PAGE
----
The Call for a President of Black America

Former NAACP President Benjamin Jealous, the Rev. Al Sharpton and the Rev. Jesse Jackson march with Trayvon Martin supporters through the historically African-American community of Goldsboro on their way to an NAACP rally in front of the Sanford Police Department on March 31, 2012, in Sanford, Fla.  MARIO TAMA/GETTY IMAGES
Former NAACP President Benjamin Jealous, the Rev. Al Sharpton and the Rev. Jesse Jackson march with Trayvon Martin supporters through the historically African-American community of Goldsboro on their way to an NAACP rally in front of the Sanford Police Department on March 31, 2012, in Sanford, Fla.
MARIO TAMA/GETTY IMAGES

Every so often, an incident symptomatic of deeper issues triggers a release valve for collective despair. The killing of Michael Brown in Ferguson, Mo., sparked a movement much larger than concerns about the aggressive policing of black men. The marches and protests are a larger commentary about the economic and societal disenfranchisement of black people and the response to Brown’s death is a coalescing event, sounding the latest clarion call for America to revisit her unresolved original sin.

But movements need leaders. And while this one certainly has organizers doing important work, it is missing the critical element that black America has not produced for some time: a national, unifying figure. Black America needs its own presidential figurehead—a chief executive who can artfully make the compelling case to the country that we are unfairly and unconstitutionally subjugated. A case that needs to have a face and voice with which the nation can interact, associate and, in theory, negotiate.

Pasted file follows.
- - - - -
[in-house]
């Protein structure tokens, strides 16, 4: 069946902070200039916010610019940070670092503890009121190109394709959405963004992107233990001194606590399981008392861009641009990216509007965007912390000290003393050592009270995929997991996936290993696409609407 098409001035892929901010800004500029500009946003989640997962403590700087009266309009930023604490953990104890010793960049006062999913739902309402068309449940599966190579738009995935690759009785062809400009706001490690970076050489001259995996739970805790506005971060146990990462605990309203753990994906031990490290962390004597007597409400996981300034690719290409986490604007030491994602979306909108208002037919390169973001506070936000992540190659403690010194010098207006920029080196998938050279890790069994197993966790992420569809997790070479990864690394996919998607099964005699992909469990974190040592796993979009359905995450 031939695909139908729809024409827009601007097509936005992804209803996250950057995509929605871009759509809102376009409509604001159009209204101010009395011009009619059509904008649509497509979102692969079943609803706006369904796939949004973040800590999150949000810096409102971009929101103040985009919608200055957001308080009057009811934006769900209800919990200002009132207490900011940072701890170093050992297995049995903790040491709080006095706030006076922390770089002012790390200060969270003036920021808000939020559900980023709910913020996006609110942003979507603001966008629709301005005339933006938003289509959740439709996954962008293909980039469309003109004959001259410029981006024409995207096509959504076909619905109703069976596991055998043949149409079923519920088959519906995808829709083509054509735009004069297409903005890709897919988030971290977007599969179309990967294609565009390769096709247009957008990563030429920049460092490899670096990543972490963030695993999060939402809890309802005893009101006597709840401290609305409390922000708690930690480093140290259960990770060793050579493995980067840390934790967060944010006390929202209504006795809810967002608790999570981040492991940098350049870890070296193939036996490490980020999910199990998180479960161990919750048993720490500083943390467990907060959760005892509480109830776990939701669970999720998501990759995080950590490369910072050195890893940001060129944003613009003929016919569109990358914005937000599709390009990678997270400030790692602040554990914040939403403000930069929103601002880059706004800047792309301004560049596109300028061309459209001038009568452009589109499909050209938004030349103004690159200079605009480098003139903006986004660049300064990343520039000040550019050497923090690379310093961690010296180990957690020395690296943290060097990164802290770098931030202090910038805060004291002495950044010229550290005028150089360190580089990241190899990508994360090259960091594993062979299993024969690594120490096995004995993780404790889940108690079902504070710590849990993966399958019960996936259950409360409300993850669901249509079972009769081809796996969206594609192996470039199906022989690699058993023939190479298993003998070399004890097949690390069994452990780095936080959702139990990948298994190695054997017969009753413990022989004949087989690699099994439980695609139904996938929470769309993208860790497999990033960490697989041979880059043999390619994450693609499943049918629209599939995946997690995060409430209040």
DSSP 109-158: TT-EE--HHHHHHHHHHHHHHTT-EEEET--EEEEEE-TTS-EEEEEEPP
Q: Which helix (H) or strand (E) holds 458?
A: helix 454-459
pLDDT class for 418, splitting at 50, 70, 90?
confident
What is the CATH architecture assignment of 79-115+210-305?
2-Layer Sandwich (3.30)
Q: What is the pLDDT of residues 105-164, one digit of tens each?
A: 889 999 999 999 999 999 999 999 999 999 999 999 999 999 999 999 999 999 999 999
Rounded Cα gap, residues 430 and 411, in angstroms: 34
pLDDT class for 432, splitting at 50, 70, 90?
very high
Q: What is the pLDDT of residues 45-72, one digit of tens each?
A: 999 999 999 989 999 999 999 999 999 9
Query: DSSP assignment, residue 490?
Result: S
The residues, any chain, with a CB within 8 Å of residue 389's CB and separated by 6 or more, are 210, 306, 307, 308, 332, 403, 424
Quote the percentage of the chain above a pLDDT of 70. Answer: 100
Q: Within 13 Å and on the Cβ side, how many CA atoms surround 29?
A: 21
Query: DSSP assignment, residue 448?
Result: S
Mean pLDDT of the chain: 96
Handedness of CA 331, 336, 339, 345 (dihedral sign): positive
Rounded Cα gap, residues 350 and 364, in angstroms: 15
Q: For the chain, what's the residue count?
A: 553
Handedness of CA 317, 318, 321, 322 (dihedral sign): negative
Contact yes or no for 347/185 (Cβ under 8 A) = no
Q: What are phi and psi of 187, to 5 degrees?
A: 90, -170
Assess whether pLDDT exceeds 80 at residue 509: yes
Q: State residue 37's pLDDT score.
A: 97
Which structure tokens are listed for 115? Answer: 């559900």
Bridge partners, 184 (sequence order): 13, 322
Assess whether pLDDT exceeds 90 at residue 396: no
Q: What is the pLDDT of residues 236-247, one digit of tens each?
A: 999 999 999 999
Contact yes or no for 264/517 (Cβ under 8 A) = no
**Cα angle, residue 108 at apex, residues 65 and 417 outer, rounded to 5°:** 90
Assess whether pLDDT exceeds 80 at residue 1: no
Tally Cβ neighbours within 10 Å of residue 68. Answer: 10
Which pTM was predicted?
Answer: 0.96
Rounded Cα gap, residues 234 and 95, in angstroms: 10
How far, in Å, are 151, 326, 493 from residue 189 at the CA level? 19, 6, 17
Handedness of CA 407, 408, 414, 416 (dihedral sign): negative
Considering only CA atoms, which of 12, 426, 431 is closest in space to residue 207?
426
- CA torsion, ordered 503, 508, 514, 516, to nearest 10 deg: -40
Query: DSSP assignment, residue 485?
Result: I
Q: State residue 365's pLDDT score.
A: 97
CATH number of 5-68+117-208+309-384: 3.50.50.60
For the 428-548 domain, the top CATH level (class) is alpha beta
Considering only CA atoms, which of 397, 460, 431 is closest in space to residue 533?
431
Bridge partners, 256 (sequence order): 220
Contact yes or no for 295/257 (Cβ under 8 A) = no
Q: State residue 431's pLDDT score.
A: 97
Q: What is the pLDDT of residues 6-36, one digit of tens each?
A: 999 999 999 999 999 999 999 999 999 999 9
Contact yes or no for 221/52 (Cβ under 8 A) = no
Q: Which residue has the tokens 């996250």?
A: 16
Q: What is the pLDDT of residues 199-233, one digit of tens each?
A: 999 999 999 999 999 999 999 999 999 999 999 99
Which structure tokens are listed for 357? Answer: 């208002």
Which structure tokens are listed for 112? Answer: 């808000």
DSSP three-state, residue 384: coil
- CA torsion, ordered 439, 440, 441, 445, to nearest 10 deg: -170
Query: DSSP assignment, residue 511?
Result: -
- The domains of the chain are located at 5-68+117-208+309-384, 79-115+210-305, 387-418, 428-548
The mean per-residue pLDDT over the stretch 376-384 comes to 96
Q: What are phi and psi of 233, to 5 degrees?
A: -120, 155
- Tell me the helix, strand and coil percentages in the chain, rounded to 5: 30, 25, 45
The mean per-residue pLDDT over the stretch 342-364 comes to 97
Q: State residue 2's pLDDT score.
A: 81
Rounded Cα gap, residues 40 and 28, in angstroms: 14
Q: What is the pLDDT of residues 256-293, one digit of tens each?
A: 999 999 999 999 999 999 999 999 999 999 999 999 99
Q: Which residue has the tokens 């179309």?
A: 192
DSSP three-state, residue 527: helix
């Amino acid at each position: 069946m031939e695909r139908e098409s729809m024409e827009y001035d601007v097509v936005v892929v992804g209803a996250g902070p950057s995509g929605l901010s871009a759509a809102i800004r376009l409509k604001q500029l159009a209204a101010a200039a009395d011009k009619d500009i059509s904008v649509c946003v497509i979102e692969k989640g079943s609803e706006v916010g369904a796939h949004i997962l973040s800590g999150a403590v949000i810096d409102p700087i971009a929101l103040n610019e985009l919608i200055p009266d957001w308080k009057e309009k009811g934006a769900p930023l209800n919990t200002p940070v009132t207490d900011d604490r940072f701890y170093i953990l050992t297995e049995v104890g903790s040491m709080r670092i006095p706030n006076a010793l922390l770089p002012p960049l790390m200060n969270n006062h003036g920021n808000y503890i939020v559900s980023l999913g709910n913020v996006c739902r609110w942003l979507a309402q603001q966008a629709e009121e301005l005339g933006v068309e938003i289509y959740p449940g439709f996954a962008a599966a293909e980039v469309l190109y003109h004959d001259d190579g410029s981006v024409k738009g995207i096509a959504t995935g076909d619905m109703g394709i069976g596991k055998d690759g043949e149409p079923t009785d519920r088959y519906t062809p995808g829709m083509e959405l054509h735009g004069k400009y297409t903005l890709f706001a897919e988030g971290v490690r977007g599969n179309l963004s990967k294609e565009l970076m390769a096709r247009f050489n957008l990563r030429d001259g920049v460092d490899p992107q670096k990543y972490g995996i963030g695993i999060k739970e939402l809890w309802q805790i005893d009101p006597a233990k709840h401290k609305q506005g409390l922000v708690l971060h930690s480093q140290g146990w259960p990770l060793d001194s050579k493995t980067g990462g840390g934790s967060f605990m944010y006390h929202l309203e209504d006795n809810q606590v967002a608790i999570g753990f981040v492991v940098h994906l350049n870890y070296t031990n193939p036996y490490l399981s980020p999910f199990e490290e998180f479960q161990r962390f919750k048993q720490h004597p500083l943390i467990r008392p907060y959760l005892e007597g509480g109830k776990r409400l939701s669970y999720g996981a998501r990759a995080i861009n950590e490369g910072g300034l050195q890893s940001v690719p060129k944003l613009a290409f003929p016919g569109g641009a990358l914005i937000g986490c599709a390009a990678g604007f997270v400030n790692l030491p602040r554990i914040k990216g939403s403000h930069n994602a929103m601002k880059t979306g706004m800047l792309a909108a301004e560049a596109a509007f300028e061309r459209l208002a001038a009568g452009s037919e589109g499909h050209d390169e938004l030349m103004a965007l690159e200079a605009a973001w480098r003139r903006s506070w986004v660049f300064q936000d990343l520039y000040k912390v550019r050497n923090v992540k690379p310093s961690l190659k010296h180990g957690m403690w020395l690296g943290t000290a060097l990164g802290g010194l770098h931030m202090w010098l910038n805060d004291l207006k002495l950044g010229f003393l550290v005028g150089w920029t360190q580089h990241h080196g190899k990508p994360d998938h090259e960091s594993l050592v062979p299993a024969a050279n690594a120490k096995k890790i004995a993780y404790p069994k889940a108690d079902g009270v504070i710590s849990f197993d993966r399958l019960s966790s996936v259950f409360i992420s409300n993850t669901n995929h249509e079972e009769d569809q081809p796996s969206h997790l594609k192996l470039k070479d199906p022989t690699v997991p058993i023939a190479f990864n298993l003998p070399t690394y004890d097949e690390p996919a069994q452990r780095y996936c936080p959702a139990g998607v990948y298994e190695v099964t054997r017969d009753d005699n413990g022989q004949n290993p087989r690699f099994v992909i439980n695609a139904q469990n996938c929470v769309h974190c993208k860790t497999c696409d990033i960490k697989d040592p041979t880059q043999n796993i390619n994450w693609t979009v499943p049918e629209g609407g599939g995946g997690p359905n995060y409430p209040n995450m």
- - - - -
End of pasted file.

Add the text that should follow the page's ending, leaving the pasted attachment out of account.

Though familiar faces take the mantle in times of uncertainty or calamity, none are the embodiment of the larger, enduring and unrelenting cause. In a survey last year, a plurality of black Americans (40 percent) said there is no leader who speaks (pdf) for them. Even when familiar names were presented, such as the Rev. Jesse Jackson or current Congressional Black Caucus members, only 1 in 10 felt these leaders were adequately giving voice to their issues. The most popular name was the Rev. Al Sharpton, but there is a growing sentiment that his vision and approach lack currency. And the individual who might be the most capable, President Barack Obama, has explicitly stated that he’s “not the president of black America,” he’s president of the United States.

The call for a president of black America may, at first blush, sound odd. And some rightly point out that, technically, no such entity exists. But black America is about 45 million people strong and has buying power of just over a trillion dollars. This means black America has an economy roughly equivalent to Portugal’s and a population that is about the same as Spain’s. That should translate to a significant amount of economic and political power. But without a leader to marshal this capital, we’re treated like a subcultural afterthought that only commands national attention when it appears in need of a good squelching.

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SOURCE: The Root
Theodore R. Johnson III

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